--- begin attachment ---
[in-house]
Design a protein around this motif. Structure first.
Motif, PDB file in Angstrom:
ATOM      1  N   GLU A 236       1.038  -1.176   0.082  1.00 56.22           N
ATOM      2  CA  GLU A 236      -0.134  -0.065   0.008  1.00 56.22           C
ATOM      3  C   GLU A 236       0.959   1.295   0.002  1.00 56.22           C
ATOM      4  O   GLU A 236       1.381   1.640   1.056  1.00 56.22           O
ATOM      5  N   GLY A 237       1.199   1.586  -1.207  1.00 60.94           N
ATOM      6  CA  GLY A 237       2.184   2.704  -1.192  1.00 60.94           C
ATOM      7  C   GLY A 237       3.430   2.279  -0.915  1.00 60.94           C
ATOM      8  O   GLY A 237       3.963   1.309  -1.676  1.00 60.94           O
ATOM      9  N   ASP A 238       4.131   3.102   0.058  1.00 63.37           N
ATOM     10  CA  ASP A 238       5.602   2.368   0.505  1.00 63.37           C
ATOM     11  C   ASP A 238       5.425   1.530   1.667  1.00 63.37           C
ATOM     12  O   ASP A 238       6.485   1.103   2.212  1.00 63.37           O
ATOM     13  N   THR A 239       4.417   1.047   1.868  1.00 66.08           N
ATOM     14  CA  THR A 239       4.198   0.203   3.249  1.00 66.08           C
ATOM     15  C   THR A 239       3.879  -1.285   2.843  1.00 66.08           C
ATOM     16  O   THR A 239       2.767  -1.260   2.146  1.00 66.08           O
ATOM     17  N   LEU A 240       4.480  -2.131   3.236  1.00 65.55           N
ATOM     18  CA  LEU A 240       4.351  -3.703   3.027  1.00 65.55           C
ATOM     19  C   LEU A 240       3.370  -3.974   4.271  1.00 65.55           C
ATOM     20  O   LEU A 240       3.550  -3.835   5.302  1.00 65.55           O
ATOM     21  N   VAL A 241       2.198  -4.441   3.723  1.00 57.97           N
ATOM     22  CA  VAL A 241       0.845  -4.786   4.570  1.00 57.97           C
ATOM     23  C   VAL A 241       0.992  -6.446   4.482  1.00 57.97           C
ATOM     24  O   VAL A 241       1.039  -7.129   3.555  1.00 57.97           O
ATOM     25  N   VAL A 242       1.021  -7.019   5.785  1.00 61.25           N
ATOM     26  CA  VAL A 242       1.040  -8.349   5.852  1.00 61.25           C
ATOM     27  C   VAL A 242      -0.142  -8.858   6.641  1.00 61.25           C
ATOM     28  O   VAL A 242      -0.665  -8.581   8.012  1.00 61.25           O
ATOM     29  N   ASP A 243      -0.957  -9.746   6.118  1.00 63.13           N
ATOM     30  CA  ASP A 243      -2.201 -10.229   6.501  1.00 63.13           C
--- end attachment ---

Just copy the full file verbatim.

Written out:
[in-house]
Design a protein around this motif. Structure first.
Motif, PDB file in Angstrom:
ATOM      1  N   GLU A 236       1.038  -1.176   0.082  1.00 56.22           N
ATOM      2  CA  GLU A 236      -0.134  -0.065   0.008  1.00 56.22           C
ATOM      3  C   GLU A 236       0.959   1.295   0.002  1.00 56.22           C
ATOM      4  O   GLU A 236       1.381   1.640   1.056  1.00 56.22           O
ATOM      5  N   GLY A 237       1.199   1.586  -1.207  1.00 60.94           N
ATOM      6  CA  GLY A 237       2.184   2.704  -1.192  1.00 60.94           C
ATOM      7  C   GLY A 237       3.430   2.279  -0.915  1.00 60.94           C
ATOM      8  O   GLY A 237       3.963   1.309  -1.676  1.00 60.94           O
ATOM      9  N   ASP A 238       4.131   3.102   0.058  1.00 63.37           N
ATOM     10  CA  ASP A 238       5.602   2.368   0.505  1.00 63.37           C
ATOM     11  C   ASP A 238       5.425   1.530   1.667  1.00 63.37           C
ATOM     12  O   ASP A 238       6.485   1.103   2.212  1.00 63.37           O
ATOM     13  N   THR A 239       4.417   1.047   1.868  1.00 66.08           N
ATOM     14  CA  THR A 239       4.198   0.203   3.249  1.00 66.08           C
ATOM     15  C   THR A 239       3.879  -1.285   2.843  1.00 66.08           C
ATOM     16  O   THR A 239       2.767  -1.260   2.146  1.00 66.08           O
ATOM     17  N   LEU A 240       4.480  -2.131   3.236  1.00 65.55           N
ATOM     18  CA  LEU A 240       4.351  -3.703   3.027  1.00 65.55           C
ATOM     19  C   LEU A 240       3.370  -3.974   4.271  1.00 65.55           C
ATOM     20  O   LEU A 240       3.550  -3.835   5.302  1.00 65.55           O
ATOM     21  N   VAL A 241       2.198  -4.441   3.723  1.00 57.97           N
ATOM     22  CA  VAL A 241       0.845  -4.786   4.570  1.00 57.97           C
ATOM     23  C   VAL A 241       0.992  -6.446   4.482  1.00 57.97           C
ATOM     24  O   VAL A 241       1.039  -7.129   3.555  1.00 57.97           O
ATOM     25  N   VAL A 242       1.021  -7.019   5.785  1.00 61.25           N
ATOM     26  CA  VAL A 242       1.040  -8.349   5.852  1.00 61.25           C
ATOM     27  C   VAL A 242      -0.142  -8.858   6.641  1.00 61.25           C
ATOM     28  O   VAL A 242      -0.665  -8.581   8.012  1.00 61.25           O
ATOM     29  N   ASP A 243      -0.957  -9.746   6.118  1.00 63.13           N
ATOM     30  CA  ASP A 243      -2.201 -10.229   6.501  1.00 63.13           C